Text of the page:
The inside scoop on hunky James Denton's happy marriage.
James Denton panicked when the new script for the ABC hit Desperate Housewives had him taking his shirt off. The 41-year-old actor wasn't unaware of the plotline involving his character—in which more than one of the women on Wisteria Lane were hot-blooded, lonely, and oh-so-susceptible to the charms of the neighborhood's only tall, rangy bachelor, a mysterious plumber named Mike Delfino—but Denton had assumed that the topless moments would go to the buffed kid who played the gardener. Now he had less than two weeks to turn himself into an object of desire.
Denton devised his own training regime: "Stop eating." For ten days, he sustained life on "Red Man chewing tobacco and Jack Daniel's—and that's no exaggeration." He ran every morning. And he went to the gym every day. "I knew I could bulk up quicker than I could lose weight," he says. "I tried to beef up the top half so the middle would look smaller." The crash course worked—his "six pack" became legend. The ultimate accolade followed a few weeks later, when People magazine featured him in its "Sexiest Man Alive" issue. It's now official: James Denton, hottie. James Denton, hunk.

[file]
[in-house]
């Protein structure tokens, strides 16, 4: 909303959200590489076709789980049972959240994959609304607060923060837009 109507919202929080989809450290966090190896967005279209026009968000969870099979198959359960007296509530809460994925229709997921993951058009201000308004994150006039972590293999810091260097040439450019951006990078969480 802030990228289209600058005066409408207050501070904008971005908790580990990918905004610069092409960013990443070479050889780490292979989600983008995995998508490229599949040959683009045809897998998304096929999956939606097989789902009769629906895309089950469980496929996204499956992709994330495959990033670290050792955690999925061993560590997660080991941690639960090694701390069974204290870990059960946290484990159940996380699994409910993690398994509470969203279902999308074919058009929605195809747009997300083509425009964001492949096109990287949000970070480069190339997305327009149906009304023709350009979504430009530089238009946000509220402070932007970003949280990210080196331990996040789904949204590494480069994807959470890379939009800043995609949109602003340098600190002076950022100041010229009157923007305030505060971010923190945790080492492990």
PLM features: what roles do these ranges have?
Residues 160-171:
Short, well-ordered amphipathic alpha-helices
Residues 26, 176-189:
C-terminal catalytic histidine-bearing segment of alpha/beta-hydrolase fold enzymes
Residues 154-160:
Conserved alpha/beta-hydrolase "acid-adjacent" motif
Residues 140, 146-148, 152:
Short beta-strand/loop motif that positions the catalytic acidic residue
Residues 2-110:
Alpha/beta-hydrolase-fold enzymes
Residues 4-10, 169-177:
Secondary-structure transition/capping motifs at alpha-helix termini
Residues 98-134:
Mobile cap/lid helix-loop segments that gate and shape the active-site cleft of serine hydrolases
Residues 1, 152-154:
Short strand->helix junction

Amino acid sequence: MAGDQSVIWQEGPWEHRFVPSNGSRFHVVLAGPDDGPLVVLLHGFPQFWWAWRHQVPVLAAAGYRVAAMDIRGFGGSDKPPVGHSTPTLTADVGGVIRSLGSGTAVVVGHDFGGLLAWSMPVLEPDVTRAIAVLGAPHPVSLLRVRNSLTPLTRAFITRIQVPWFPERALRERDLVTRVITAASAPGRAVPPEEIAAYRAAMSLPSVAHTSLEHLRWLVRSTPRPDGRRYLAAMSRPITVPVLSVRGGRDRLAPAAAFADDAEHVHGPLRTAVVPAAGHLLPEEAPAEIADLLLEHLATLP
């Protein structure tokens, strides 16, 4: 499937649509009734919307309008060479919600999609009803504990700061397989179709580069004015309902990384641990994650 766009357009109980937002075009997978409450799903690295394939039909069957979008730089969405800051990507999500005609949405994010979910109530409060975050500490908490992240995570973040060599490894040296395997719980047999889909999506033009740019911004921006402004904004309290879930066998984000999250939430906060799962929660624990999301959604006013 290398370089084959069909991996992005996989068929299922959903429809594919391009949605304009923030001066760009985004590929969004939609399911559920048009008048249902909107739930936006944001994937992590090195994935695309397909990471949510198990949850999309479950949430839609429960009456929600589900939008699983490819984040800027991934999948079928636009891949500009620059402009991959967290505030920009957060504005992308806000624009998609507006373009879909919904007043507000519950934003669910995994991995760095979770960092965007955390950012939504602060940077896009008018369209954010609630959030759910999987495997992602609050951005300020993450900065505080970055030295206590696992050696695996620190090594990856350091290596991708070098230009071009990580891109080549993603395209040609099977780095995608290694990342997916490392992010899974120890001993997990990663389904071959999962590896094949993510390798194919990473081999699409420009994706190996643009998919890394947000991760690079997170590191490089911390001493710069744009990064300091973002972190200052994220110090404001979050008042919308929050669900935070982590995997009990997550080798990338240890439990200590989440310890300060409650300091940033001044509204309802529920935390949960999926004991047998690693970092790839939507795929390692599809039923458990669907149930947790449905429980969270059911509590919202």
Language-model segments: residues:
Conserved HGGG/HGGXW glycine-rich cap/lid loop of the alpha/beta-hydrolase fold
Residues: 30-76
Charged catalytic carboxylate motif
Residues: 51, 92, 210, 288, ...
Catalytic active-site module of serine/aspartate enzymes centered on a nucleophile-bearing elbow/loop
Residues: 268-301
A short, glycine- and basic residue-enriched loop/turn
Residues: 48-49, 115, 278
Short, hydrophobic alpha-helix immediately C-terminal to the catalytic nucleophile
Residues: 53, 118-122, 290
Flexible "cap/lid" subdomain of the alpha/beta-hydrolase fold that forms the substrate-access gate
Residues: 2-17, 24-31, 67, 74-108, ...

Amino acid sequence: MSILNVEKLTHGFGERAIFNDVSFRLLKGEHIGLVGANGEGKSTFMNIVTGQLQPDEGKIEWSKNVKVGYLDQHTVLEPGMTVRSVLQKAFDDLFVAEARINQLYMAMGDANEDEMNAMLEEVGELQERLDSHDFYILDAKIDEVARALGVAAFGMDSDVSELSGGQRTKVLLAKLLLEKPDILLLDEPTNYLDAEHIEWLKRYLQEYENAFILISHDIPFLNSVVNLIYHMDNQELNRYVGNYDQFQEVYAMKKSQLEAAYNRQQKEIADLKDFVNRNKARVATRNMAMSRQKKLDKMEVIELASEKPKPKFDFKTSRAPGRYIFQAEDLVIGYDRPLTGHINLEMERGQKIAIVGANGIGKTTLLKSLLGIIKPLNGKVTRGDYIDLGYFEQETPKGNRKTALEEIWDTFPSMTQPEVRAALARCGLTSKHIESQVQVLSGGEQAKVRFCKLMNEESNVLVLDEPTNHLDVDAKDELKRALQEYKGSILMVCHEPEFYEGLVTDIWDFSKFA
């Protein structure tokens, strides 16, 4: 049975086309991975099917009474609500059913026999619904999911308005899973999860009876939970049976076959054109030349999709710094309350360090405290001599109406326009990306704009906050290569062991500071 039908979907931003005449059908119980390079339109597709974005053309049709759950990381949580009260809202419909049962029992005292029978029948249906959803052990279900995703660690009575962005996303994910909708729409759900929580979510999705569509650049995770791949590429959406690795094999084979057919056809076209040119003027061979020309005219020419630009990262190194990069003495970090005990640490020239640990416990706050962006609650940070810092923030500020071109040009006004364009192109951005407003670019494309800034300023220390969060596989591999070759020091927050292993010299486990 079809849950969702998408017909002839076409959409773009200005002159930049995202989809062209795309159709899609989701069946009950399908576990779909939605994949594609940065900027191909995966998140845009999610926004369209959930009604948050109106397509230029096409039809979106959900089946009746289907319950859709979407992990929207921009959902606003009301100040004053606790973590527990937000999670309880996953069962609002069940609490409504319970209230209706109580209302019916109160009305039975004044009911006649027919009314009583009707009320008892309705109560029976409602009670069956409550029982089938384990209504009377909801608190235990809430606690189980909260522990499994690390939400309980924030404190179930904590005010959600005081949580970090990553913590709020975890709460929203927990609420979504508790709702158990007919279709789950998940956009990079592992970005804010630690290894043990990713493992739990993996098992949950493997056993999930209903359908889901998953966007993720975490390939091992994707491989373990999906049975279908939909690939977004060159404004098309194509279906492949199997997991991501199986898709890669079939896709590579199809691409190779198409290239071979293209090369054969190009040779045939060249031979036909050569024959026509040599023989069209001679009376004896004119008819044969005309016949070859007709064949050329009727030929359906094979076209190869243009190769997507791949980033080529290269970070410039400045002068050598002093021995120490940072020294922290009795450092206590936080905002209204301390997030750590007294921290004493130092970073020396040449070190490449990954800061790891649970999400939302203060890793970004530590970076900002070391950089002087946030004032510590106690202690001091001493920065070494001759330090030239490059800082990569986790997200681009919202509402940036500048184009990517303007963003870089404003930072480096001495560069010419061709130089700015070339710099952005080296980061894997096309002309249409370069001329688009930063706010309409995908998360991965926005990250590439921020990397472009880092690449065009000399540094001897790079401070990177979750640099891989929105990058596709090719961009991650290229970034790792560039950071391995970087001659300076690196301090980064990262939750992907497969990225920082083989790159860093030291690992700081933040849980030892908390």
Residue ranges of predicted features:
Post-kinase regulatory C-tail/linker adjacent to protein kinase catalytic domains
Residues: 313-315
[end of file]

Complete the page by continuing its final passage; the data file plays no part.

There is one household, however, where this view is not shared, and that is
The best part about Hollywood clichés is how untrue they are. John Wayne avoided military service in World War II. Marilyn Monroe, the most desired woman in the world, died alone. Rock Hudson was gay. To that list of ironies, add James Denton, the hunk with washboard abs who can't wait to get home every night.
It isn't that he doesn't love acting. He does. But growing up in Nashville, he was not the kid in the drama club who knew the words to all the songs in the musicals. He played sports, graduated with honors from the University of Tennessee at Knoxville, and started a career in advertising sales. His father, a dentist, acted in community theater; at 23, Denton joined him in a local production of Our Town. Five years later, he quit his job to take a shot at acting full-time. He spent a few years in Chicago, where he scored part after part in plays and practiced serial monogamy: "Living with someone meant you could afford a one-bedroom apartment, so you'd date for a few weeks and say, 'Hey, let's save money and move in together.'"
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